2019/0068 Kira Kiro spirits

Kira Kiro spirits


20 Sep 1960
Karunji Station, Kimberley region, Western Australia


Kira Kiro spirits
ochre pigments on paper
102.0 x 153.0 cm (Height x Width x Depth)
Credit line
Purchased with funds donated by Nicholas Murfett and Catherine Oliver, Art Gallery of Western Australia Foundation, 2019
State Art Collection, Art Gallery of Western Australia
Accession Number
Currently not on display


Extended Label

From the time of the beginning - the Dreamtime, called Lalai by Kwini people, the Kira Kiro have been the guardians and assistants of the Wandjina. They are good spirits and are also traditional dancers who sing about the yam and fruits that can be gathered when the wet season rains begin. The Kira Kiro spirits taught Aboriginal people what food to hunt and gather and how to use certain plants and trees for medicines. They taught how to care for the land and rivers and sea; to not waste food or cut down trees. They taught Aboriginal people about which trees are used for artefacts, where to find natural ochres, to look after rock art and sacred sites and where warriors are buried. The rocks where warriors are buried are painted with white ochre. We learn the knowledge of the Kira Kiro from our warriors and elders past and present from generation to generation. These stories we are proud of, they were locked in our minds because we didn’t have books to keep for the younger generation. The Bradshaws or Kira Kiro figures are the worlds oldest rock art figures even older than the Wandjina.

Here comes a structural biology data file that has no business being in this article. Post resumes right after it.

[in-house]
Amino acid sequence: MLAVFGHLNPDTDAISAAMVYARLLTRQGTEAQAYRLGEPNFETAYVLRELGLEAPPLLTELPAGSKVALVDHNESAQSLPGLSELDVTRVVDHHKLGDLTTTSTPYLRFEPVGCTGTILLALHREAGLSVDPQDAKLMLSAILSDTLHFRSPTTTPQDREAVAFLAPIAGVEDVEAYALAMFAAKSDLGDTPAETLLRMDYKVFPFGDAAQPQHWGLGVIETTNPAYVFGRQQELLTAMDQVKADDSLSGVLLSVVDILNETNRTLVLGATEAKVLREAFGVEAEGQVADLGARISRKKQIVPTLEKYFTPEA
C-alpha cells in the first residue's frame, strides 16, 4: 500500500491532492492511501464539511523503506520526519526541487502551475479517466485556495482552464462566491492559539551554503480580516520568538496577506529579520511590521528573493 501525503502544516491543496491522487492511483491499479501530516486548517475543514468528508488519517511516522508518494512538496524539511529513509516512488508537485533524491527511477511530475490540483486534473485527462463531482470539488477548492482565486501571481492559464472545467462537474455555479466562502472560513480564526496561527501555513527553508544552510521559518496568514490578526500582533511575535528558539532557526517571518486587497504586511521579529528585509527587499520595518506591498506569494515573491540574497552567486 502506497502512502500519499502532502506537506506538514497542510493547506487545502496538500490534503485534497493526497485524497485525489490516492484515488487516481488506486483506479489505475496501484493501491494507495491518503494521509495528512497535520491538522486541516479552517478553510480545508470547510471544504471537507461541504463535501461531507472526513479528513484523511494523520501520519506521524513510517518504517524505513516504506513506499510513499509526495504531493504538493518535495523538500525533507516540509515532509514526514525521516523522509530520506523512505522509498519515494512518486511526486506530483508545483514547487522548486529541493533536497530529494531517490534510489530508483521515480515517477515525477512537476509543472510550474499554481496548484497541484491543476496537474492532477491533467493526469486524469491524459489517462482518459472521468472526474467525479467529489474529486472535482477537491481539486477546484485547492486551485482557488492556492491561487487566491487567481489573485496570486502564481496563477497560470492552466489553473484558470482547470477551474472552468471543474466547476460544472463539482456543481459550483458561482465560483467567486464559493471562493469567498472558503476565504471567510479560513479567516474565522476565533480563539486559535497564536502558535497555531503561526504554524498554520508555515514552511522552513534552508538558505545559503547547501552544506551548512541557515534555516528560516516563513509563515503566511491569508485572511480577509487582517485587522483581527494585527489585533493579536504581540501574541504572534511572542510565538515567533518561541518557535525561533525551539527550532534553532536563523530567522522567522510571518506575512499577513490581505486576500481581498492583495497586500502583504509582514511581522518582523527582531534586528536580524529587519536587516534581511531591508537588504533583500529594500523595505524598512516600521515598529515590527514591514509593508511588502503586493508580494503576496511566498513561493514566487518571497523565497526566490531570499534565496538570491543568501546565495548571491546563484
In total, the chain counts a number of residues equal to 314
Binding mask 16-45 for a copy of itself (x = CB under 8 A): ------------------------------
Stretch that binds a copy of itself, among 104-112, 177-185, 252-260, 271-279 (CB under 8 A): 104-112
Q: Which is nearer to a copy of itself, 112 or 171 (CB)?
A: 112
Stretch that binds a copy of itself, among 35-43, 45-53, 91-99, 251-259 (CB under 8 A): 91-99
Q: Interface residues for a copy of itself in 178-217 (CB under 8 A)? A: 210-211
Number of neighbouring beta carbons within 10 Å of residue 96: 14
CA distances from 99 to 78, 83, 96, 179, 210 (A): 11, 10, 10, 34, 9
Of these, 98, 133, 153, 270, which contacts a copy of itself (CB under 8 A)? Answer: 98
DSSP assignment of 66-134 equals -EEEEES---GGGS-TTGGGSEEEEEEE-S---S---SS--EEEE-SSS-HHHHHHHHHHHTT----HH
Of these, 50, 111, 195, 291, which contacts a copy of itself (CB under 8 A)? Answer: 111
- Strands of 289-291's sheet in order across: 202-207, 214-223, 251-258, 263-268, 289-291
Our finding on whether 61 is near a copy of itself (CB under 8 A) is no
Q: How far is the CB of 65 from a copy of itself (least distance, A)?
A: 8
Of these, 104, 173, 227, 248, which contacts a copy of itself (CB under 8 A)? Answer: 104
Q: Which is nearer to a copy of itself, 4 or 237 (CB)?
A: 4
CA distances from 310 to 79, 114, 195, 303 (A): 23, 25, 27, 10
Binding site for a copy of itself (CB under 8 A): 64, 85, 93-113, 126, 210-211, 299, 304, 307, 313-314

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Vernon id: 23923